The gardens are all planted and the greenhouse completely empty. All the baby plants are in the ground. The tropical and sub-tropical greenhouse plants are all outside either in their summer home or waiting to be placed there. Emily took on the task of hosing the greenhouse down yesterday so it looks marvelously clean and ready for a hot summer with nothing in it.
Every last flat of baby plants has found a home somewhere. When I started putting all these little plants into various gardens a month or two ago, I thought I had a plan for every plant but there are always a good half dozen flats of seedlings that leave me scratching my head- Did I really think I would need sixty five Rosemary plants and did I even contemplate how on earth I would overwinter them when they are teenage plants- as if there was ANY room available in the already way overstuffed greenhouse? How much Mexican Hat Plant can one garden contain? Really? And was it really necessary to plant a flat of Chinese Forget Me Nots when they self sow everywhere, and there is not a single place to put them where there isn’t already a volunteer Chinese Forget Me Not growing?
Having worked my way through the mysteries of my late winter “decision-making” about what to grow and how much (mostly by wandering all the gardens to find any square inch of open dirt to stuff plants into), the focus now returns to weeding and watering- It is so important for us to keep watering the Red Shiso rows until the seeds germinate. Red Shiso likes love and songs and silliness so we had a good time planting the seeds- and now I try to go out there and water with a light heart, but it is always lovely when its distinctive seedlings start to pop up- always a moment of relief as that is one crop we must have.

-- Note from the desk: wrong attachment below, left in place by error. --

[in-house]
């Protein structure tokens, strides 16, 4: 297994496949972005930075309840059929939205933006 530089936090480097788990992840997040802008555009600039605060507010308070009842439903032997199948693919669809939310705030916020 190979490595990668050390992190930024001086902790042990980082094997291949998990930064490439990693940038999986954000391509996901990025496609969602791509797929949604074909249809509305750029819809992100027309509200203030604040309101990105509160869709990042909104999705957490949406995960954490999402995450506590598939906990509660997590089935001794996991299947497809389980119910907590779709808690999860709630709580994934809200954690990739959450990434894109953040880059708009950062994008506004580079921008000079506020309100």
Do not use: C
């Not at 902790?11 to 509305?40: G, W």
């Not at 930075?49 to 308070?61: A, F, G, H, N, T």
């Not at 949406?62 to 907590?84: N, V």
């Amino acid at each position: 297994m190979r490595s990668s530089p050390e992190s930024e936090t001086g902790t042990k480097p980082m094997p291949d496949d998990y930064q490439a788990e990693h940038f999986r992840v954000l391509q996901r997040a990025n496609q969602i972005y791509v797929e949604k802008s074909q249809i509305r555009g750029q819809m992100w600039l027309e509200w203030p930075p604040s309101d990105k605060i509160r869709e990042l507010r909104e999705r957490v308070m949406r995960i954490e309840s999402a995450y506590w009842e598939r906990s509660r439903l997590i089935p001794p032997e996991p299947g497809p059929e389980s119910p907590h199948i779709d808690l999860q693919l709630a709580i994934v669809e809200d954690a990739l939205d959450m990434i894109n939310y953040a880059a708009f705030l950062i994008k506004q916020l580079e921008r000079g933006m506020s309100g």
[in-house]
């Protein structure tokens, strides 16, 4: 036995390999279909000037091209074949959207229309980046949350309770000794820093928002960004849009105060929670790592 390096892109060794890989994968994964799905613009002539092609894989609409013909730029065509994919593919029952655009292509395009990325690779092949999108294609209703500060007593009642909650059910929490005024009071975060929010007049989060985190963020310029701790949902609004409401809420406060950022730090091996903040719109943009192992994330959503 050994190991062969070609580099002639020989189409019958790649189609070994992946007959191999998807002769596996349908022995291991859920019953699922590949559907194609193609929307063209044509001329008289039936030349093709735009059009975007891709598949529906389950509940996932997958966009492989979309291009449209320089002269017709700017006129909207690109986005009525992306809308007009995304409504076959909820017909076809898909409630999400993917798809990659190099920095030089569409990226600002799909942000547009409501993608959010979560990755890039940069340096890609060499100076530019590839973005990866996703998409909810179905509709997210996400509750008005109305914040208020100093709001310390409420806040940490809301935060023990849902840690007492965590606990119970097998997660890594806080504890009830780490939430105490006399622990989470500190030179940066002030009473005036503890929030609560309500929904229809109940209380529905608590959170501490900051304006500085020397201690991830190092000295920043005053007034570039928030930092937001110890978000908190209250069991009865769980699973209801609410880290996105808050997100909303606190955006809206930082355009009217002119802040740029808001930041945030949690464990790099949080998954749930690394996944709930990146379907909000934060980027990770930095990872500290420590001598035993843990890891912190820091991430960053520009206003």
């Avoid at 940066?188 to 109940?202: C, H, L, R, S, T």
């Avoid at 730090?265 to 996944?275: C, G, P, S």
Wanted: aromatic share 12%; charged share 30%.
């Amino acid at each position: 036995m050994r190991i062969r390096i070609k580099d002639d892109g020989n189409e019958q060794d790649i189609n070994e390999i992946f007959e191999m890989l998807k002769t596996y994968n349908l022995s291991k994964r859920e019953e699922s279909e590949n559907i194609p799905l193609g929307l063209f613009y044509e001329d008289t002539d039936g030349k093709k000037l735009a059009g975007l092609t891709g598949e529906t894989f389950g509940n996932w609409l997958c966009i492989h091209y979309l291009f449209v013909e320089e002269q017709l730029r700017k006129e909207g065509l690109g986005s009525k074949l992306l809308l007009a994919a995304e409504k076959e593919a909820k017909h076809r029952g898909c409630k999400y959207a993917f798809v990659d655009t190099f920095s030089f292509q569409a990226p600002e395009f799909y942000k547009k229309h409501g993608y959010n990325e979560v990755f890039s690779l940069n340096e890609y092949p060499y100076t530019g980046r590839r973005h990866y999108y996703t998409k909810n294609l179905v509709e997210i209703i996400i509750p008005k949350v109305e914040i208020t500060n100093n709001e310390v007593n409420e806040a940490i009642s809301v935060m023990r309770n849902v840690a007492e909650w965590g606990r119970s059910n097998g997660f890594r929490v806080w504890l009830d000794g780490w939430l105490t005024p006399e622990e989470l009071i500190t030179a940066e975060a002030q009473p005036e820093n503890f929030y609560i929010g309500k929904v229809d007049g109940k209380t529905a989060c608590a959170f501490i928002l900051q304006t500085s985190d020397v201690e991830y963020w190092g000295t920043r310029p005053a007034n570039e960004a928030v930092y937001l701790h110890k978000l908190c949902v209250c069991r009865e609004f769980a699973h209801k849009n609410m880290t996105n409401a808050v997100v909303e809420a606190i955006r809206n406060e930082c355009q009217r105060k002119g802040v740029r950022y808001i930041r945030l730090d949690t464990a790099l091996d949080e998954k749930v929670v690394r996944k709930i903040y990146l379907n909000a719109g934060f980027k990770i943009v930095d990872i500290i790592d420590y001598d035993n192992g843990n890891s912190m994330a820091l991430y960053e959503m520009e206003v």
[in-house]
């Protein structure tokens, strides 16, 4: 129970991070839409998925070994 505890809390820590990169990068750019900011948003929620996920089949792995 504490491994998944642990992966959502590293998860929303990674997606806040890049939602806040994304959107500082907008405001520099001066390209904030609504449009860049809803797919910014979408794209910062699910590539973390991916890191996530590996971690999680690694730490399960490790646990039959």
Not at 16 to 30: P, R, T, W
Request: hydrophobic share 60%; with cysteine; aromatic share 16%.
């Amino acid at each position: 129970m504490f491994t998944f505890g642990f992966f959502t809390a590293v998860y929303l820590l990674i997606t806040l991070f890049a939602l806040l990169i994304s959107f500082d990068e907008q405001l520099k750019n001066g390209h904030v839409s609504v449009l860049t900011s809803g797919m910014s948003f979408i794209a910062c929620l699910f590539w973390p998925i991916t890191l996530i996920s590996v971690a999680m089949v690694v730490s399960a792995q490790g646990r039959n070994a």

I am also working to pack the cold frames with the tropical and subtropical greenhouse plants. I trim each plant and then the ones that want full sun, I sink in their pots into peat moss in the cold frames. The shade loving plants go into the Arbor Garden and the geraniums and agapanthus go into the garden out front where the goldfish pool is. Being outside gives every plant a chance to rid itself of bugs accumulated over the winter and generally get more light and wonderful cleansing rain. Everything looks so very much happier after a summer outside.
Here is a confusing shot of the cold frames mid- process. I still have so many plants to situate in the cold frames, and then Jim will return with the plants that live in his sixth grade classroom for the year, and there will be more to squeeze in. Apparently, in all departments I live by the motto, “More is More”.
I have been posting photos of the garden on Facebook this spring so check that out if you want more photos of the garden. I am trying to post a photo most every day but sometimes the garden tasks get the better of me. Tying up the Roses is another preoccupation. They don’t much like being roped in but it has to happen for a lot of them. The rustling in the bushes around here is usually me wrestling with an enormous Rose and nothing more exciting.
Here is Sarah Van Fleet this foggy morning looking so lovely.